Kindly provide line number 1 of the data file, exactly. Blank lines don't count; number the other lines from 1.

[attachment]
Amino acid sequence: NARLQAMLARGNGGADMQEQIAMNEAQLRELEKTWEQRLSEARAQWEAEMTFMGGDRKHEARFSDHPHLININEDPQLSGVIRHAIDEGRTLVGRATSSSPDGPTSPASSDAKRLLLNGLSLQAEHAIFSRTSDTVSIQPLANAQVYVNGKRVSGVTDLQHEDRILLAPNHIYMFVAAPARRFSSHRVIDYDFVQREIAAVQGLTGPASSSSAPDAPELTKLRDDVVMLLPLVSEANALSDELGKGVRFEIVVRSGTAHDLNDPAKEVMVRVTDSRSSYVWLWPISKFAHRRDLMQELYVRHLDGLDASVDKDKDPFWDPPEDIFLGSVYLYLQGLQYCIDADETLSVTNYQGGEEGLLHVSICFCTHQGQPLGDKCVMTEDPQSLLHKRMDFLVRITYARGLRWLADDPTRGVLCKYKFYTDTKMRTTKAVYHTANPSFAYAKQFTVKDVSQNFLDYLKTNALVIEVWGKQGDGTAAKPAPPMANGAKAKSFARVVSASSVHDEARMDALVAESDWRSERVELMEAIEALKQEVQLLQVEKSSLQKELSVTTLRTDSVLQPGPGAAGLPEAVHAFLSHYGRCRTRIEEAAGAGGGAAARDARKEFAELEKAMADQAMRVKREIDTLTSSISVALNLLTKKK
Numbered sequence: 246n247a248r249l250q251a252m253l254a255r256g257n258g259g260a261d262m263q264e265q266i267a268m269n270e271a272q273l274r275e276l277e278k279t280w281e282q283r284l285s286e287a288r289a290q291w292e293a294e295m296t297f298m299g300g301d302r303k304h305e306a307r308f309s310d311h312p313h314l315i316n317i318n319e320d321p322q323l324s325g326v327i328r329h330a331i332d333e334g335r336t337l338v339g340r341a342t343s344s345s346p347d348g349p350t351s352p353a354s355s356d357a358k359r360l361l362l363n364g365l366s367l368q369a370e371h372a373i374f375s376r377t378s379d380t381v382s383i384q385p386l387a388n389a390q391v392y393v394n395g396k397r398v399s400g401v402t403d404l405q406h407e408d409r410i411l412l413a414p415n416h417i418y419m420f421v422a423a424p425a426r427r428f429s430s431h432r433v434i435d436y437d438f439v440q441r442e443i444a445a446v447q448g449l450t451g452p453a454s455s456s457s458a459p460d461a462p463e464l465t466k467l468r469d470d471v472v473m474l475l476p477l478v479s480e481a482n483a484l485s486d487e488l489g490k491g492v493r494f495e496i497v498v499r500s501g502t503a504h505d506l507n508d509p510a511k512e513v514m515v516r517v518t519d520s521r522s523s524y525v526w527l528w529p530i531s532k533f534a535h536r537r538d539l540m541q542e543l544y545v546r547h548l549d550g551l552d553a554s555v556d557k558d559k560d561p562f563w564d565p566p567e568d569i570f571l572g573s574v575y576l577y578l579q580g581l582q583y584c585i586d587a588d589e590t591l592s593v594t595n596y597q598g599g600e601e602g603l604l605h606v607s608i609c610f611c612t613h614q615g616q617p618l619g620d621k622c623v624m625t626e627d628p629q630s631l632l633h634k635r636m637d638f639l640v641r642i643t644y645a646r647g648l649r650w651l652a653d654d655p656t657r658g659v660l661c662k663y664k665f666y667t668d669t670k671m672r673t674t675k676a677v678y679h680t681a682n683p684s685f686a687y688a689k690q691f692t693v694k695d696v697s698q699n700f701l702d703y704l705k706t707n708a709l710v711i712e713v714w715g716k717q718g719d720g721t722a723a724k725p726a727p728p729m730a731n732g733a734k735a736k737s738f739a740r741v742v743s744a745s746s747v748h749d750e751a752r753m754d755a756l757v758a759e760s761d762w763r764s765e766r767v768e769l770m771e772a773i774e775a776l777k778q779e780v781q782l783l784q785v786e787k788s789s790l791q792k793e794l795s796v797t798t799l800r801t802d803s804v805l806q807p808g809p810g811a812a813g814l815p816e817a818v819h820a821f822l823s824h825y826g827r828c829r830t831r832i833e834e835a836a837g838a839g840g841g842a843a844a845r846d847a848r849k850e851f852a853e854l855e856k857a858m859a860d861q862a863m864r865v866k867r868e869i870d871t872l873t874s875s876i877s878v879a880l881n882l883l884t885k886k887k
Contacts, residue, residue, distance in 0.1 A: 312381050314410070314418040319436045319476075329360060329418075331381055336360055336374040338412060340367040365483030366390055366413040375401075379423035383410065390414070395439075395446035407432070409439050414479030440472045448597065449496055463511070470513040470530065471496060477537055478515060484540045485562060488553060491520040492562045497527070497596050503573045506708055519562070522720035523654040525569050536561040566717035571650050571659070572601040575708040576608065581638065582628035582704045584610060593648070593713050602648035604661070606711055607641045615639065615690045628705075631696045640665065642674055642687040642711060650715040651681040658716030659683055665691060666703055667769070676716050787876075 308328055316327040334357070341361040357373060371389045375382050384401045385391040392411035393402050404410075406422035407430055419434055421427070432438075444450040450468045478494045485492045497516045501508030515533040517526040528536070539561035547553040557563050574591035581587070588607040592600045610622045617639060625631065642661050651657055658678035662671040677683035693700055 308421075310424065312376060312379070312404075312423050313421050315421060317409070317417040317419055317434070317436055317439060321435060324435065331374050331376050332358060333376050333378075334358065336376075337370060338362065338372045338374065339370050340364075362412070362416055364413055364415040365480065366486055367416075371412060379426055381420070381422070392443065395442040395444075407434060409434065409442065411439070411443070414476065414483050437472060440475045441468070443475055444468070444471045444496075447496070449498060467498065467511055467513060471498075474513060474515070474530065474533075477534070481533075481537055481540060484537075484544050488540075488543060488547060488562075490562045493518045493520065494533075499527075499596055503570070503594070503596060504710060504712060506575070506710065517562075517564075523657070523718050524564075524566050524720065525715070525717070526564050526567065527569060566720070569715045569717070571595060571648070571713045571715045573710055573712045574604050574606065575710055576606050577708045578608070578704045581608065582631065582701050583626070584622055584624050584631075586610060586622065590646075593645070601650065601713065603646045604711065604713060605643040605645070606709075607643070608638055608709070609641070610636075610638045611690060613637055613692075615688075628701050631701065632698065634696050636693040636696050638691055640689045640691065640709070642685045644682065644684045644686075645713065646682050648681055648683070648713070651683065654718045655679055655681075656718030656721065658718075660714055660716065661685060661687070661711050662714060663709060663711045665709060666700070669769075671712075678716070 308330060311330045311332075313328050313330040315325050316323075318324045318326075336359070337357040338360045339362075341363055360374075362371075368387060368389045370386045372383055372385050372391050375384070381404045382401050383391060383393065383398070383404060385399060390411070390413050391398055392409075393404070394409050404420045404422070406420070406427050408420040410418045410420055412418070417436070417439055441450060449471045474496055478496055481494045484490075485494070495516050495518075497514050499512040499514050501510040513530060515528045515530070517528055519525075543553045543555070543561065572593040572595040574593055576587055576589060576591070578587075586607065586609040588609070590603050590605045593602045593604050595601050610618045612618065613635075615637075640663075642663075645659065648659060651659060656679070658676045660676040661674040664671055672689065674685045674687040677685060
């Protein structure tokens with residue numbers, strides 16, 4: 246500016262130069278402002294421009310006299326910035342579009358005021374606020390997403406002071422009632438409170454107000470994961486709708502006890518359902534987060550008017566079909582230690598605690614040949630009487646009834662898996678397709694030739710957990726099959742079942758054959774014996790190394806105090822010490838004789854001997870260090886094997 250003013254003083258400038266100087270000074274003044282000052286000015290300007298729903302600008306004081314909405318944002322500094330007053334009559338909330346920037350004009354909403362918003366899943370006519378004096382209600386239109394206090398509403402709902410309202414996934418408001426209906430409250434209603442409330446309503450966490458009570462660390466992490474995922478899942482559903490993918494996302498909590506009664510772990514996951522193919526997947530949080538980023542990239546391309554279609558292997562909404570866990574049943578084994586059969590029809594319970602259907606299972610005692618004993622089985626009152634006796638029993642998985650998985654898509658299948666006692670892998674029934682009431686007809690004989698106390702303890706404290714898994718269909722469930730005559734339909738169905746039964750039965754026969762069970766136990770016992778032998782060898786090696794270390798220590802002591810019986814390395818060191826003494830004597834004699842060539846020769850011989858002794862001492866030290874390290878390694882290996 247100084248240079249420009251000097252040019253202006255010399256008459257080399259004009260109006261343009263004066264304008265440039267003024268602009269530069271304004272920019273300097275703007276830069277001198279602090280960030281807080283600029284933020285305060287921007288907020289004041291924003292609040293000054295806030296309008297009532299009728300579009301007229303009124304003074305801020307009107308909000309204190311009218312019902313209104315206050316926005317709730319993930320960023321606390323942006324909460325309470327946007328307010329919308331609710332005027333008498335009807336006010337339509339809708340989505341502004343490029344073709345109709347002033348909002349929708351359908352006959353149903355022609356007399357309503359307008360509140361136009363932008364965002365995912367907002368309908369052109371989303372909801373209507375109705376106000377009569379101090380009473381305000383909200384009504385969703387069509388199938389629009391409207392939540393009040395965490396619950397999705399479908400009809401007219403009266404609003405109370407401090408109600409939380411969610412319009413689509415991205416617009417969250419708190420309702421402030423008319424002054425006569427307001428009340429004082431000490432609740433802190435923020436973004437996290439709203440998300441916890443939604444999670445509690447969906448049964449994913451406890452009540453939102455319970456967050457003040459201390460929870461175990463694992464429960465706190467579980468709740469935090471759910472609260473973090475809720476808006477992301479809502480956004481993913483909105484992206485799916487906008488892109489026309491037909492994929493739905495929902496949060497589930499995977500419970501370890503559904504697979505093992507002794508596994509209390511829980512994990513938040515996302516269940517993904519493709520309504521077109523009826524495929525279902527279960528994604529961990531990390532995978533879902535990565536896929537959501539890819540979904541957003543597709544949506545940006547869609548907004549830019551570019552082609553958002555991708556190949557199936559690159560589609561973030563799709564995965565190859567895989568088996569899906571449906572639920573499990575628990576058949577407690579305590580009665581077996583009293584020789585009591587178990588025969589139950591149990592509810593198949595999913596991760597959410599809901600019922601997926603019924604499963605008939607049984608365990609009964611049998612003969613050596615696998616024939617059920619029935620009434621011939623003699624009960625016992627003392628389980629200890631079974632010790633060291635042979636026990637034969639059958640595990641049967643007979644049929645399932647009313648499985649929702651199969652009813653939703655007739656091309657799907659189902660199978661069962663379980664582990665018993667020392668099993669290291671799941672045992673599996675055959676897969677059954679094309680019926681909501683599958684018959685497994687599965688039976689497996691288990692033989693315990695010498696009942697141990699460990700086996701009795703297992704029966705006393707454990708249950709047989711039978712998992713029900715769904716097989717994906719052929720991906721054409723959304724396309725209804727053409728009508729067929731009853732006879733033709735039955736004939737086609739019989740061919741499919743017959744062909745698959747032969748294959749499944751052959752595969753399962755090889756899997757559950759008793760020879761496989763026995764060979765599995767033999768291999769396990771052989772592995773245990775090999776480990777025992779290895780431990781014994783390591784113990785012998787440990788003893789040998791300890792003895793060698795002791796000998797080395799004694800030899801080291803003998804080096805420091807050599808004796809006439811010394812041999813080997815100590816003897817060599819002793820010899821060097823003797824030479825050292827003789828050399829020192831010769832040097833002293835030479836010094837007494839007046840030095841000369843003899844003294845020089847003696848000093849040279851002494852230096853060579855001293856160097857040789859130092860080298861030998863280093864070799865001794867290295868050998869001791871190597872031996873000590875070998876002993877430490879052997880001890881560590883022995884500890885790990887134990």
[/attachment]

Amino acid sequence: NARLQAMLARGNGGADMQEQIAMNEAQLRELEKTWEQRLSEARAQWEAEMTFMGGDRKHEARFSDHPHLININEDPQLSGVIRHAIDEGRTLVGRATSSSPDGPTSPASSDAKRLLLNGLSLQAEHAIFSRTSDTVSIQPLANAQVYVNGKRVSGVTDLQHEDRILLAPNHIYMFVAAPARRFSSHRVIDYDFVQREIAAVQGLTGPASSSSAPDAPELTKLRDDVVMLLPLVSEANALSDELGKGVRFEIVVRSGTAHDLNDPAKEVMVRVTDSRSSYVWLWPISKFAHRRDLMQELYVRHLDGLDASVDKDKDPFWDPPEDIFLGSVYLYLQGLQYCIDADETLSVTNYQGGEEGLLHVSICFCTHQGQPLGDKCVMTEDPQSLLHKRMDFLVRITYARGLRWLADDPTRGVLCKYKFYTDTKMRTTKAVYHTANPSFAYAKQFTVKDVSQNFLDYLKTNALVIEVWGKQGDGTAAKPAPPMANGAKAKSFARVVSASSVHDEARMDALVAESDWRSERVELMEAIEALKQEVQLLQVEKSSLQKELSVTTLRTDSVLQPGPGAAGLPEAVHAFLSHYGRCRTRIEEAAGAGGGAAARDARKEFAELEKAMADQAMRVKREIDTLTSSISVALNLLTKKK